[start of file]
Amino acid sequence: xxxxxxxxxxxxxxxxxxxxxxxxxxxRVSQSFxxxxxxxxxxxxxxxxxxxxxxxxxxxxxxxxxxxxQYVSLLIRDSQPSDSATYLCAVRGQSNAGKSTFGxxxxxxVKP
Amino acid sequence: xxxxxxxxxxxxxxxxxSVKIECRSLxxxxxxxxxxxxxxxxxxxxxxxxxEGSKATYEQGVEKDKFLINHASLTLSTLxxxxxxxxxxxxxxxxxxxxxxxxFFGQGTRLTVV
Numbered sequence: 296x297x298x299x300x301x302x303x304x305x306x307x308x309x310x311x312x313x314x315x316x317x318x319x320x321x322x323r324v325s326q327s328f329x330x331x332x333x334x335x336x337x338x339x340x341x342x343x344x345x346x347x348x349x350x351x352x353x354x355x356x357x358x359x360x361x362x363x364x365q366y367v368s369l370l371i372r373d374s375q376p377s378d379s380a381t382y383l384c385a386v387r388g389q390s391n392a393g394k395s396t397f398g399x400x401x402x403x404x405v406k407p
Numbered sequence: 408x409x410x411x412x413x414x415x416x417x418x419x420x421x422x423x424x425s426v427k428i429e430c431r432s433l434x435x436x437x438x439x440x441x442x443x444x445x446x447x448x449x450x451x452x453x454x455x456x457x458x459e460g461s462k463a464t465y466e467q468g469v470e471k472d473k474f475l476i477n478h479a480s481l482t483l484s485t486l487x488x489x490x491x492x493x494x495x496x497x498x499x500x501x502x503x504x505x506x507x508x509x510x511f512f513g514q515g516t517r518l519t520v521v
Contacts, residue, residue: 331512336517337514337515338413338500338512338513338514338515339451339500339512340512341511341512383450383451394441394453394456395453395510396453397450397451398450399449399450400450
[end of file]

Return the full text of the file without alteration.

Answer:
Amino acid sequence: xxxxxxxxxxxxxxxxxxxxxxxxxxxRVSQSFxxxxxxxxxxxxxxxxxxxxxxxxxxxxxxxxxxxxQYVSLLIRDSQPSDSATYLCAVRGQSNAGKSTFGxxxxxxVKP
Amino acid sequence: xxxxxxxxxxxxxxxxxSVKIECRSLxxxxxxxxxxxxxxxxxxxxxxxxxEGSKATYEQGVEKDKFLINHASLTLSTLxxxxxxxxxxxxxxxxxxxxxxxxFFGQGTRLTVV
Numbered sequence: 296x297x298x299x300x301x302x303x304x305x306x307x308x309x310x311x312x313x314x315x316x317x318x319x320x321x322x323r324v325s326q327s328f329x330x331x332x333x334x335x336x337x338x339x340x341x342x343x344x345x346x347x348x349x350x351x352x353x354x355x356x357x358x359x360x361x362x363x364x365q366y367v368s369l370l371i372r373d374s375q376p377s378d379s380a381t382y383l384c385a386v387r388g389q390s391n392a393g394k395s396t397f398g399x400x401x402x403x404x405v406k407p
Numbered sequence: 408x409x410x411x412x413x414x415x416x417x418x419x420x421x422x423x424x425s426v427k428i429e430c431r432s433l434x435x436x437x438x439x440x441x442x443x444x445x446x447x448x449x450x451x452x453x454x455x456x457x458x459e460g461s462k463a464t465y466e467q468g469v470e471k472d473k474f475l476i477n478h479a480s481l482t483l484s485t486l487x488x489x490x491x492x493x494x495x496x497x498x499x500x501x502x503x504x505x506x507x508x509x510x511f512f513g514q515g516t517r518l519t520v521v
Contacts, residue, residue: 331512336517337514337515338413338500338512338513338514338515339451339500339512340512341511341512383450383451394441394453394456395453395510396453397450397451398450399449399450400450